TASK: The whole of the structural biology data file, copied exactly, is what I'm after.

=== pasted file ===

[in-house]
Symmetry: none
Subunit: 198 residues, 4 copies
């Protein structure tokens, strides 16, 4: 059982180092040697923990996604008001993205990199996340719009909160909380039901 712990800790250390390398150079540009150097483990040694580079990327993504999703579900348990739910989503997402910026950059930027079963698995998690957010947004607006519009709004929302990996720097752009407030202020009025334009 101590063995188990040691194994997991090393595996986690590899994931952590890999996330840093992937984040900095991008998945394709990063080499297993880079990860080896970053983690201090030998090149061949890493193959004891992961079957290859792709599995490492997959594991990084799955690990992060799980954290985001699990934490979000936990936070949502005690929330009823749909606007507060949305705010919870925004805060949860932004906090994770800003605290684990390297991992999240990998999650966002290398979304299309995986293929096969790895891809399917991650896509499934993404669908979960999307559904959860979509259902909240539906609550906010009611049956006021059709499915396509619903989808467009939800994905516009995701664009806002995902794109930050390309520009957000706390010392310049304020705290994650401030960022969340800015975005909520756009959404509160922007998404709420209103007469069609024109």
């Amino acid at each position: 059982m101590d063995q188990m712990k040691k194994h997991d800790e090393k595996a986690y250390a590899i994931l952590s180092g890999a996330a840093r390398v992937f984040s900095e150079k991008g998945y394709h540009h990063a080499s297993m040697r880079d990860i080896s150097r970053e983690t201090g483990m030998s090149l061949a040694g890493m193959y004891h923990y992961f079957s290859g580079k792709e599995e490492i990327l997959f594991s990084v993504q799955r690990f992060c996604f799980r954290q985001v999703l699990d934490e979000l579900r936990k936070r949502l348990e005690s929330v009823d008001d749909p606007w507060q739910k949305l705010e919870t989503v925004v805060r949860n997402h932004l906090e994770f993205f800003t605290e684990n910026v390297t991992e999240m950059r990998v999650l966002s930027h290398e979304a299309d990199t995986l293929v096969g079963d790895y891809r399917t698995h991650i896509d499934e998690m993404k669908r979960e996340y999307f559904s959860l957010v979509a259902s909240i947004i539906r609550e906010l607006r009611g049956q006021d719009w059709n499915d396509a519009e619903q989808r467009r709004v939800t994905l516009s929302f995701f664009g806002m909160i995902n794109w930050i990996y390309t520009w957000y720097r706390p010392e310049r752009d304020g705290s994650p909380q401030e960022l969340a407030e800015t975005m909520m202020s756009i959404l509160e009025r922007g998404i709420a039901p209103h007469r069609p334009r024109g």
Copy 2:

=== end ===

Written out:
[in-house]
Symmetry: none
Subunit: 198 residues, 4 copies
């Protein structure tokens, strides 16, 4: 059982180092040697923990996604008001993205990199996340719009909160909380039901 712990800790250390390398150079540009150097483990040694580079990327993504999703579900348990739910989503997402910026950059930027079963698995998690957010947004607006519009709004929302990996720097752009407030202020009025334009 101590063995188990040691194994997991090393595996986690590899994931952590890999996330840093992937984040900095991008998945394709990063080499297993880079990860080896970053983690201090030998090149061949890493193959004891992961079957290859792709599995490492997959594991990084799955690990992060799980954290985001699990934490979000936990936070949502005690929330009823749909606007507060949305705010919870925004805060949860932004906090994770800003605290684990390297991992999240990998999650966002290398979304299309995986293929096969790895891809399917991650896509499934993404669908979960999307559904959860979509259902909240539906609550906010009611049956006021059709499915396509619903989808467009939800994905516009995701664009806002995902794109930050390309520009957000706390010392310049304020705290994650401030960022969340800015975005909520756009959404509160922007998404709420209103007469069609024109």
């Amino acid at each position: 059982m101590d063995q188990m712990k040691k194994h997991d800790e090393k595996a986690y250390a590899i994931l952590s180092g890999a996330a840093r390398v992937f984040s900095e150079k991008g998945y394709h540009h990063a080499s297993m040697r880079d990860i080896s150097r970053e983690t201090g483990m030998s090149l061949a040694g890493m193959y004891h923990y992961f079957s290859g580079k792709e599995e490492i990327l997959f594991s990084v993504q799955r690990f992060c996604f799980r954290q985001v999703l699990d934490e979000l579900r936990k936070r949502l348990e005690s929330v009823d008001d749909p606007w507060q739910k949305l705010e919870t989503v925004v805060r949860n997402h932004l906090e994770f993205f800003t605290e684990n910026v390297t991992e999240m950059r990998v999650l966002s930027h290398e979304a299309d990199t995986l293929v096969g079963d790895y891809r399917t698995h991650i896509d499934e998690m993404k669908r979960e996340y999307f559904s959860l957010v979509a259902s909240i947004i539906r609550e906010l607006r009611g049956q006021d719009w059709n499915d396509a519009e619903q989808r467009r709004v939800t994905l516009s929302f995701f664009g806002m909160i995902n794109w930050i990996y390309t520009w957000y720097r706390p010392e310049r752009d304020g705290s994650p909380q401030e960022l969340a407030e800015t975005m909520m202020s756009i959404l509160e009025r922007g998404i709420a039901p209103h007469r069609p334009r024109g």
Copy 2: